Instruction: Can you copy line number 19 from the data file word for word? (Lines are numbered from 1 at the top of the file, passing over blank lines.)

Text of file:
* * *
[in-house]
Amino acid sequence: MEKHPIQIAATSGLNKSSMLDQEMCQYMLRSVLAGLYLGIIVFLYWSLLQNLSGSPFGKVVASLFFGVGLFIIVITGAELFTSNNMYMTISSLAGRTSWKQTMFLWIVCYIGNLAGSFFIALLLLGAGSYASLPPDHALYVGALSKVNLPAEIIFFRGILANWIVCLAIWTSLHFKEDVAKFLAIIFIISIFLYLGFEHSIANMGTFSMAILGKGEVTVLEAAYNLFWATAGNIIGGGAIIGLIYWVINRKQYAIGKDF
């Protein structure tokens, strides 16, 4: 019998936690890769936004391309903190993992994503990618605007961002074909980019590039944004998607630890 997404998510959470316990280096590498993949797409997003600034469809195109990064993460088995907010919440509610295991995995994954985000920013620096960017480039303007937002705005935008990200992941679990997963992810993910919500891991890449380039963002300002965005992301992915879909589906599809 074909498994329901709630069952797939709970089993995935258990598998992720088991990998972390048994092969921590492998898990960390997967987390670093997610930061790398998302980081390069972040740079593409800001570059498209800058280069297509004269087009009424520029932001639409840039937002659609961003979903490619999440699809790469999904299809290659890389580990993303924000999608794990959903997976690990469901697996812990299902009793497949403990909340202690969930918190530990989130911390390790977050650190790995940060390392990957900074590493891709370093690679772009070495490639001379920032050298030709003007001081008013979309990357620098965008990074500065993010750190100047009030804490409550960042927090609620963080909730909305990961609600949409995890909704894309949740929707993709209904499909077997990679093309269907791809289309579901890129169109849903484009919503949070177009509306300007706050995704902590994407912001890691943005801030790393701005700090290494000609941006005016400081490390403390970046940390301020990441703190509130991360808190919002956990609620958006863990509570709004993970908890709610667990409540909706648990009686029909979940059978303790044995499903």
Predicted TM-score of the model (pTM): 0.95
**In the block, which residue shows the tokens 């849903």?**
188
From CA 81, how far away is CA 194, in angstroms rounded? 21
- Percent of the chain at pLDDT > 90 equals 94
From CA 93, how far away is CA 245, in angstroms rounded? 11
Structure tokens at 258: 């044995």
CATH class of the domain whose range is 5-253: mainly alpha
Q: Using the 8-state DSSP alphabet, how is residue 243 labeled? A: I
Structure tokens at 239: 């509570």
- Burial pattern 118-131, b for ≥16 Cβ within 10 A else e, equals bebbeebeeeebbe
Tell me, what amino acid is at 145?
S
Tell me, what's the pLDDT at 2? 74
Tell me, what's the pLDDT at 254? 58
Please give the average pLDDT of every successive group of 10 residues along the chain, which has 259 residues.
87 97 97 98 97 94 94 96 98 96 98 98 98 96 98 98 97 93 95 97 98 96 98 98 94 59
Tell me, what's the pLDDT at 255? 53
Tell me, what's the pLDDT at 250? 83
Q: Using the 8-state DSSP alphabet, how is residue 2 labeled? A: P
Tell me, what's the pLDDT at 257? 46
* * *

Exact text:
Please give the average pLDDT of every successive group of 10 residues along the chain, which has 259 residues.